With the end of the tax year fast approaching, many will be turning their attention to pre year-end tax planning. This April sees a number of tax changes which makes planning more important than ever. My colleague, Gary Heynes, wrote in last month’s tax voice about action to be taken in respect of pensions. You may also want to ensure you have contributed the maximum to your ISA and utilised your reliefs and allowances for the year.
However, one of the most significant changes will be the taxation of dividends from 6 April 2016: the detail of the changes has been covered before by my colleague, Stuart Robb, in the August 2015 edition of tax voice and by me in the September 2015 edition. For most company owner-managers, dividends will continue to be more cost effective than a higher salary or bonus post 5 April 2016. However, dividends will be more expensive in tax terms from 6 April than in the current tax year. Therefore, all owner-managers should be considering whether to take a larger dividend before 6 April 2016.
The tax impact
A dividend of £50,000 taken before 6 April 2016 will cost £12,500 in tax for a higher rate taxpayer and £15,278 for an additional rate taxpayer. After 6 April 2016, a £50,000 dividend will incur a tax liability of £14,625 for a higher rate taxpayer and of £17,145 for an additional rate taxpayer. In both cases, this assumes that the first £5,000 of this post 5 April 2016 dividend is tax free; ie you have no other dividend income. As this ’tax free’ dividend allowance forms part of your basic rate band, it could mean you will pay more tax on other income which is ‘pushed’ into the higher or additional rate tax bands.
The company needs to have sufficient reserves to be able to declare a dividend pre 6 April and each shareholder may be in a slightly different tax position: dividend has to be taken by all holders of the same class of share unless one or more shareholders formally waive their entitlement to the dividend before it is declared. Paying a dividend before 6 April will also accelerate by a year the date on which the tax is payable: if paid pre 6 April 2016, the tax will be due by 31 January 2017; if the dividend is paid after 5 April 2016, the tax will not be due until 31 January 2018. Consideration also needs to be given to the effect on tax payments on account for 2015/16 (and 2016/17) of paying a dividend pre year-end. While there is no requirement to increase payments on account if income is higher in 2015/16 than in 2014/15, if a claim to reduce 2015/16 payments on account has been made already (perhaps when you filed your 2014/15 tax return), you will need to go back and review that claim to reduce in light of the pre 6 April 2016 dividend.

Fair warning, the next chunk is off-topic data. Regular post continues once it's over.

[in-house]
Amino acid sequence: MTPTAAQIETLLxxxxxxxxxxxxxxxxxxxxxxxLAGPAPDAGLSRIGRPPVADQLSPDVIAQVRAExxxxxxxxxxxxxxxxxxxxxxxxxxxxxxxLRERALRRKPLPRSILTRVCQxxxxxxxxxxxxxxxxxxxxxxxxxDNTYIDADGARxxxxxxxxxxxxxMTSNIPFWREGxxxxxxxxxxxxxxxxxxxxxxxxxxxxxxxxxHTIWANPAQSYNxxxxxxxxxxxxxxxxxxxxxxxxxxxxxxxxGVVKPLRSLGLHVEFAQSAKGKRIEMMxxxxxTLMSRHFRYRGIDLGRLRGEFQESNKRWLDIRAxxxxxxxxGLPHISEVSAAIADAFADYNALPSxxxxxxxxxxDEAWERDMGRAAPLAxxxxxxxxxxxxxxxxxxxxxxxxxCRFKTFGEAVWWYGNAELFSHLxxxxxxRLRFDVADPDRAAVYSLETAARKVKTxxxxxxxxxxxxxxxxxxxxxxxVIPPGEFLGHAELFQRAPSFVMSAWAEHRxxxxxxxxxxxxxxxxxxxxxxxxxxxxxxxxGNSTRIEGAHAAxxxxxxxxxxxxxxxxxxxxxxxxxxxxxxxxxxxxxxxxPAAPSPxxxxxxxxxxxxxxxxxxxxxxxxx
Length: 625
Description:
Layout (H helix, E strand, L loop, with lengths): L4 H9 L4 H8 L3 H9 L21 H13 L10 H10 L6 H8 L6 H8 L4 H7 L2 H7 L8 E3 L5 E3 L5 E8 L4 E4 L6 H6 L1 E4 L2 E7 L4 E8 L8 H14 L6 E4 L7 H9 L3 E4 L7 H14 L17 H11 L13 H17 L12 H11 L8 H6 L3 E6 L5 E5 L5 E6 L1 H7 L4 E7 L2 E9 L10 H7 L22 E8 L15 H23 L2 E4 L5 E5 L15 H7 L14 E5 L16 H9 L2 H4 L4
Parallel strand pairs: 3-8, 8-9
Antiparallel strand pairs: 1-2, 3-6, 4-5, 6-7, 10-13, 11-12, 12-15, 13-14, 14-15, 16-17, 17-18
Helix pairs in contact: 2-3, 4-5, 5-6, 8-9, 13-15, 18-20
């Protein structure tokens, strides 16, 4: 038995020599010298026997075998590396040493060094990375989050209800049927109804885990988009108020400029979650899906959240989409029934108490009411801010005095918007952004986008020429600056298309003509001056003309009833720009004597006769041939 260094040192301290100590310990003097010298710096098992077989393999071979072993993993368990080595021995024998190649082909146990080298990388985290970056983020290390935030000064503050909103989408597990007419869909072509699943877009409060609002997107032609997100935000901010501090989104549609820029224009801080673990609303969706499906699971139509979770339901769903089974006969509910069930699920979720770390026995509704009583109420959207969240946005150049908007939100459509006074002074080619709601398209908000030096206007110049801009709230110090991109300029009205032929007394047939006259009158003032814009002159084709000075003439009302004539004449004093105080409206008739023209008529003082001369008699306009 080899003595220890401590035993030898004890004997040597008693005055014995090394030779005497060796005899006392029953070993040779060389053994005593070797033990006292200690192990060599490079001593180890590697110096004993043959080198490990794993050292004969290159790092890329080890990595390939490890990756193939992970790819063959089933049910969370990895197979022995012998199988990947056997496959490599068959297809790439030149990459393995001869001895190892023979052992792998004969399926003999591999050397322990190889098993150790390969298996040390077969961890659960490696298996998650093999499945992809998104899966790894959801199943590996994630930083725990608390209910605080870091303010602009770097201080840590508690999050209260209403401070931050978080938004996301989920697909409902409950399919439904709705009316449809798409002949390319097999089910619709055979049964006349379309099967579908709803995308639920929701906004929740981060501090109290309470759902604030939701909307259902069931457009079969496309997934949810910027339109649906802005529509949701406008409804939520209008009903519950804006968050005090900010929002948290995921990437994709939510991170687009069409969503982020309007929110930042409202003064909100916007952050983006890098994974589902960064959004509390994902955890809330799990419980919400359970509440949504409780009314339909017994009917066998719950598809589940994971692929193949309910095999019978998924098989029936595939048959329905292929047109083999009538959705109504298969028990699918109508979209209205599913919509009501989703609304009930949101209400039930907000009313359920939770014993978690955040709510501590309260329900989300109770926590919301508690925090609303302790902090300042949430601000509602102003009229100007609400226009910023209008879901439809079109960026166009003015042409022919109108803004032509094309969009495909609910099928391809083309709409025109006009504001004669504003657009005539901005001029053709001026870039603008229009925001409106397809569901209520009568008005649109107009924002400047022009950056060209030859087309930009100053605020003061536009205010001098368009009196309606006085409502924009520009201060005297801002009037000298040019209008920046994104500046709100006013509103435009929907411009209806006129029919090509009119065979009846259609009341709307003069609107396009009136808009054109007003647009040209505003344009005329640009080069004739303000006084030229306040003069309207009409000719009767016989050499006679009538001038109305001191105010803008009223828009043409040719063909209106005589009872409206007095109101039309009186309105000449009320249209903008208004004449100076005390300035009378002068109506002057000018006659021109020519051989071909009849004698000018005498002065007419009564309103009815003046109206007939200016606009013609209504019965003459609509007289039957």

It should go without saying that whenever your company pays you a dividend, you need to keep enough money aside to pay the tax thereon. The tax liability on the dividend is yours, not the company’s, and, unlike PAYE, the company does not withhold tax on a dividend before paying it to the shareholder. If the company pays the tax on the dividend for you, that can bring a whole host of tax issues for both the company and the shareholder.
For more information please get in touch with Karen Clark or your usual RSM contact.